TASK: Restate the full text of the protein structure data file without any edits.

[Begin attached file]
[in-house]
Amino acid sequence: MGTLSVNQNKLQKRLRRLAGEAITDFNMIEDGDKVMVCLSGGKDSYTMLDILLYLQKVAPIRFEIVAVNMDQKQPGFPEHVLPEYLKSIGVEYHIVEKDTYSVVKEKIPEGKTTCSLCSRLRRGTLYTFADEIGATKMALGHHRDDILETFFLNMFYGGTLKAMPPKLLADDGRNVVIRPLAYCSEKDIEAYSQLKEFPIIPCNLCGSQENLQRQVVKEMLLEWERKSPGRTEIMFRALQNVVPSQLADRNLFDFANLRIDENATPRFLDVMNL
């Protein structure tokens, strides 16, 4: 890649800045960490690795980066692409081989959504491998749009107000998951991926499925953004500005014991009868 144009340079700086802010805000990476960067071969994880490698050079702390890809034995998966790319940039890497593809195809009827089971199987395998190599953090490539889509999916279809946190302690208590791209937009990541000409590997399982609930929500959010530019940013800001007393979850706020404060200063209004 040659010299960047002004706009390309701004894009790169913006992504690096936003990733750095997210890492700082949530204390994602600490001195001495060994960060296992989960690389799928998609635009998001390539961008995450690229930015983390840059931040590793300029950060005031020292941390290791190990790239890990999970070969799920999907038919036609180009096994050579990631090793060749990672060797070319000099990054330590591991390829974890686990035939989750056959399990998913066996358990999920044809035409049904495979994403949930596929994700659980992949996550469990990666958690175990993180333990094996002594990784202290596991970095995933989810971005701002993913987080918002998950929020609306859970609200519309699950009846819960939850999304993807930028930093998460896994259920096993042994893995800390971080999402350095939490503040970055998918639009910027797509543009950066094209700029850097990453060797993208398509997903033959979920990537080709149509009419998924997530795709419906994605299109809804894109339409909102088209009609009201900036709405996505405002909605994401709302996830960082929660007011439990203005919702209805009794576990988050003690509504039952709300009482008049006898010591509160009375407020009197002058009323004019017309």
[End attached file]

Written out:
[in-house]
Amino acid sequence: MGTLSVNQNKLQKRLRRLAGEAITDFNMIEDGDKVMVCLSGGKDSYTMLDILLYLQKVAPIRFEIVAVNMDQKQPGFPEHVLPEYLKSIGVEYHIVEKDTYSVVKEKIPEGKTTCSLCSRLRRGTLYTFADEIGATKMALGHHRDDILETFFLNMFYGGTLKAMPPKLLADDGRNVVIRPLAYCSEKDIEAYSQLKEFPIIPCNLCGSQENLQRQVVKEMLLEWERKSPGRTEIMFRALQNVVPSQLADRNLFDFANLRIDENATPRFLDVMNL
């Protein structure tokens, strides 16, 4: 890649800045960490690795980066692409081989959504491998749009107000998951991926499925953004500005014991009868 144009340079700086802010805000990476960067071969994880490698050079702390890809034995998966790319940039890497593809195809009827089971199987395998190599953090490539889509999916279809946190302690208590791209937009990541000409590997399982609930929500959010530019940013800001007393979850706020404060200063209004 040659010299960047002004706009390309701004894009790169913006992504690096936003990733750095997210890492700082949530204390994602600490001195001495060994960060296992989960690389799928998609635009998001390539961008995450690229930015983390840059931040590793300029950060005031020292941390290791190990790239890990999970070969799920999907038919036609180009096994050579990631090793060749990672060797070319000099990054330590591991390829974890686990035939989750056959399990998913066996358990999920044809035409049904495979994403949930596929994700659980992949996550469990990666958690175990993180333990094996002594990784202290596991970095995933989810971005701002993913987080918002998950929020609306859970609200519309699950009846819960939850999304993807930028930093998460896994259920096993042994893995800390971080999402350095939490503040970055998918639009910027797509543009950066094209700029850097990453060797993208398509997903033959979920990537080709149509009419998924997530795709419906994605299109809804894109339409909102088209009609009201900036709405996505405002909605994401709302996830960082929660007011439990203005919702209805009794576990988050003690509504039952709300009482008049006898010591509160009375407020009197002058009323004019017309």